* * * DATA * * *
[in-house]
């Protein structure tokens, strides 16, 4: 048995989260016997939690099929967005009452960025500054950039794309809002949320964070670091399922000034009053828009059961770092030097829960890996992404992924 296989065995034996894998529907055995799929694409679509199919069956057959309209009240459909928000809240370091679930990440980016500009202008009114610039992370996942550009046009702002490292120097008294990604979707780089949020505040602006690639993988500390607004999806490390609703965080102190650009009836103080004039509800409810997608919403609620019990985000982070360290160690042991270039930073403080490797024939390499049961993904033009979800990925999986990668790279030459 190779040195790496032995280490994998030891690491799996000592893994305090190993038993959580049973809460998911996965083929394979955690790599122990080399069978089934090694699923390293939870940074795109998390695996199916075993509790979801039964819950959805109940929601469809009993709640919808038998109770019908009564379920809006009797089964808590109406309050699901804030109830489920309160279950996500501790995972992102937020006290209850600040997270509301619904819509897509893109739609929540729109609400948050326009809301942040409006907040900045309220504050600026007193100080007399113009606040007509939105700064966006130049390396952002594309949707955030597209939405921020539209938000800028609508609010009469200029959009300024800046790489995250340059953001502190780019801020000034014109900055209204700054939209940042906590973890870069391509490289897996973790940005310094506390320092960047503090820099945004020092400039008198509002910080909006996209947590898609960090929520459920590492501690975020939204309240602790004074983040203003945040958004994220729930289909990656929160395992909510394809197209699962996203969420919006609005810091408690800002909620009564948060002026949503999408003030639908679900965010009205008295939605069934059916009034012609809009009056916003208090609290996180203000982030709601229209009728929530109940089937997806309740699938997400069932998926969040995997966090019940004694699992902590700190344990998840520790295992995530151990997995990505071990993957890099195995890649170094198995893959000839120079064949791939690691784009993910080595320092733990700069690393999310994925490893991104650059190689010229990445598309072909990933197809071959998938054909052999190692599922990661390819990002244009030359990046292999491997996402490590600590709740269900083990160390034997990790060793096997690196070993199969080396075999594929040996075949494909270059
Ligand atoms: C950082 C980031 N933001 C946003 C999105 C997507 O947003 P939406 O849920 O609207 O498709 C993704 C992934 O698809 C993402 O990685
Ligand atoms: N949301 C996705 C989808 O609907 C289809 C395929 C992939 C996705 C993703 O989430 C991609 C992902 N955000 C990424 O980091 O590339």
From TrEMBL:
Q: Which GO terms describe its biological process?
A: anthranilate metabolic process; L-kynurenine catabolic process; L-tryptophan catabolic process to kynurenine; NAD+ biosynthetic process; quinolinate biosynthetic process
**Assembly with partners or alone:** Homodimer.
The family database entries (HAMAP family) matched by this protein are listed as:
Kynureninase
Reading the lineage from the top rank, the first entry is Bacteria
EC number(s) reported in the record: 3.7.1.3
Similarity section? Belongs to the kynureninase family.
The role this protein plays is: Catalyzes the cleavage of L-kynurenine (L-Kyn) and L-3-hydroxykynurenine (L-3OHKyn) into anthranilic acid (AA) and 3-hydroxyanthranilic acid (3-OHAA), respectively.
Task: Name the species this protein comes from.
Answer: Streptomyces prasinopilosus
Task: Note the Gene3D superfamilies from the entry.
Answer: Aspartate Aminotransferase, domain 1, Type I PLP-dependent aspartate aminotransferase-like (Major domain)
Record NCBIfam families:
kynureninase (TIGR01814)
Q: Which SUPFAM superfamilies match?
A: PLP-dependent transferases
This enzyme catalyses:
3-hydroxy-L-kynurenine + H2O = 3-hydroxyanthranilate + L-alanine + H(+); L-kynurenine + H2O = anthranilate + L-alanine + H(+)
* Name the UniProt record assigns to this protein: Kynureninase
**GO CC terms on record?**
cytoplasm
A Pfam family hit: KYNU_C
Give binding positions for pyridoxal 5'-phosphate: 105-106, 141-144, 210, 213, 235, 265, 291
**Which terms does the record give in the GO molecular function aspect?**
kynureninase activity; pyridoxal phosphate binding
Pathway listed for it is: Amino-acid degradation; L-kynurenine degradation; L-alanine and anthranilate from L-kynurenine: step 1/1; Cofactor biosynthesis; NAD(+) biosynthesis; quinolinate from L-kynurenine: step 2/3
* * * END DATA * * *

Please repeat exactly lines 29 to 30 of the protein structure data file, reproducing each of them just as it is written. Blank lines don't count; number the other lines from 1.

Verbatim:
Give binding positions for pyridoxal 5'-phosphate: 105-106, 141-144, 210, 213, 235, 265, 291
**Which terms does the record give in the GO molecular function aspect?**